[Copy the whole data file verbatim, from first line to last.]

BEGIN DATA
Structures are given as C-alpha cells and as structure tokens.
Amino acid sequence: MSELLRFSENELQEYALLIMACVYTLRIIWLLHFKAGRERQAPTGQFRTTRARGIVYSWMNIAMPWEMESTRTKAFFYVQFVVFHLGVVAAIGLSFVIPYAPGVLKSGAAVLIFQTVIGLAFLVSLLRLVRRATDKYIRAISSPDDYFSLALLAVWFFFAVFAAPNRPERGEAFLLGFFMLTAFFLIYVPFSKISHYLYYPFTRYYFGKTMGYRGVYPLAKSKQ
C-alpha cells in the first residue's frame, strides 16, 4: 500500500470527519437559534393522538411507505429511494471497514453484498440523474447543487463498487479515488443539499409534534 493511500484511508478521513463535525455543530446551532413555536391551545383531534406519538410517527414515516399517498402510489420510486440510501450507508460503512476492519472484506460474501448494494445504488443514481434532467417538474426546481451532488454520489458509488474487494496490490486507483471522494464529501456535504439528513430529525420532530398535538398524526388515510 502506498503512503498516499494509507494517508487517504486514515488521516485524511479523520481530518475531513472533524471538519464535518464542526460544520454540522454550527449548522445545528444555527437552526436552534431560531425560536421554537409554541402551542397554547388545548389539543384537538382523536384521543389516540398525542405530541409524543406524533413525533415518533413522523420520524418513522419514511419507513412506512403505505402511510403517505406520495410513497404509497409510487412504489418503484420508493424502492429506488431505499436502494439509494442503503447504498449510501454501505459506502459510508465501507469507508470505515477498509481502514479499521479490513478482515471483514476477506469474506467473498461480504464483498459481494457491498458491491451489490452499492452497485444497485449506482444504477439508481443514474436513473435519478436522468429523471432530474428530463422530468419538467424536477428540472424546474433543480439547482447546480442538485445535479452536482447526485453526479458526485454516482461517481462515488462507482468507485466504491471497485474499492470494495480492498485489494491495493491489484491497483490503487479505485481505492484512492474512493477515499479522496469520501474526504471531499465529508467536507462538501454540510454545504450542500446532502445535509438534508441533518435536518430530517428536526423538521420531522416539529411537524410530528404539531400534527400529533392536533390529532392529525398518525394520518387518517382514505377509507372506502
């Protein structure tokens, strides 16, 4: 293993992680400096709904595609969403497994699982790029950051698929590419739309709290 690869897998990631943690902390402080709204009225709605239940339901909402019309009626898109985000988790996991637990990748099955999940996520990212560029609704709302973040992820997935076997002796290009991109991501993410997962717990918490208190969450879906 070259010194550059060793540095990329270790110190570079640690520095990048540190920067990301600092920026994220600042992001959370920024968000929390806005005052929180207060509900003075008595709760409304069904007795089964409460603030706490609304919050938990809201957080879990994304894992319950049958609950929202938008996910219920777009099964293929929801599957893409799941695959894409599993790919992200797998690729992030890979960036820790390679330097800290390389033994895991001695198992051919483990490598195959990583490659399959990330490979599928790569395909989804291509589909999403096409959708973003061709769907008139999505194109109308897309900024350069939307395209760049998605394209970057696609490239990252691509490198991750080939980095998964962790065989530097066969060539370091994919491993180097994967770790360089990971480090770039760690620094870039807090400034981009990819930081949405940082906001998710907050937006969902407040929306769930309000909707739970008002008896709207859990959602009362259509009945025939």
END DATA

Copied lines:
Structures are given as C-alpha cells and as structure tokens.
Amino acid sequence: MSELLRFSENELQEYALLIMACVYTLRIIWLLHFKAGRERQAPTGQFRTTRARGIVYSWMNIAMPWEMESTRTKAFFYVQFVVFHLGVVAAIGLSFVIPYAPGVLKSGAAVLIFQTVIGLAFLVSLLRLVRRATDKYIRAISSPDDYFSLALLAVWFFFAVFAAPNRPERGEAFLLGFFMLTAFFLIYVPFSKISHYLYYPFTRYYFGKTMGYRGVYPLAKSKQ
C-alpha cells in the first residue's frame, strides 16, 4: 500500500470527519437559534393522538411507505429511494471497514453484498440523474447543487463498487479515488443539499409534534 493511500484511508478521513463535525455543530446551532413555536391551545383531534406519538410517527414515516399517498402510489420510486440510501450507508460503512476492519472484506460474501448494494445504488443514481434532467417538474426546481451532488454520489458509488474487494496490490486507483471522494464529501456535504439528513430529525420532530398535538398524526388515510 502506498503512503498516499494509507494517508487517504486514515488521516485524511479523520481530518475531513472533524471538519464535518464542526460544520454540522454550527449548522445545528444555527437552526436552534431560531425560536421554537409554541402551542397554547388545548389539543384537538382523536384521543389516540398525542405530541409524543406524533413525533415518533413522523420520524418513522419514511419507513412506512403505505402511510403517505406520495410513497404509497409510487412504489418503484420508493424502492429506488431505499436502494439509494442503503447504498449510501454501505459506502459510508465501507469507508470505515477498509481502514479499521479490513478482515471483514476477506469474506467473498461480504464483498459481494457491498458491491451489490452499492452497485444497485449506482444504477439508481443514474436513473435519478436522468429523471432530474428530463422530468419538467424536477428540472424546474433543480439547482447546480442538485445535479452536482447526485453526479458526485454516482461517481462515488462507482468507485466504491471497485474499492470494495480492498485489494491495493491489484491497483490503487479505485481505492484512492474512493477515499479522496469520501474526504471531499465529508467536507462538501454540510454545504450542500446532502445535509438534508441533518435536518430530517428536526423538521420531522416539529411537524410530528404539531400534527400529533392536533390529532392529525398518525394520518387518517382514505377509507372506502
């Protein structure tokens, strides 16, 4: 293993992680400096709904595609969403497994699982790029950051698929590419739309709290 690869897998990631943690902390402080709204009225709605239940339901909402019309009626898109985000988790996991637990990748099955999940996520990212560029609704709302973040992820997935076997002796290009991109991501993410997962717990918490208190969450879906 070259010194550059060793540095990329270790110190570079640690520095990048540190920067990301600092920026994220600042992001959370920024968000929390806005005052929180207060509900003075008595709760409304069904007795089964409460603030706490609304919050938990809201957080879990994304894992319950049958609950929202938008996910219920777009099964293929929801599957893409799941695959894409599993790919992200797998690729992030890979960036820790390679330097800290390389033994895991001695198992051919483990490598195959990583490659399959990330490979599928790569395909989804291509589909999403096409959708973003061709769907008139999505194109109308897309900024350069939307395209760049998605394209970057696609490239990252691509490198991750080939980095998964962790065989530097066969060539370091994919491993180097994967770790360089990971480090770039760690620094870039807090400034981009990819930081949405940082906001998710907050937006969902407040929306769930309000909707739970008002008896709207859990959602009362259509009945025939």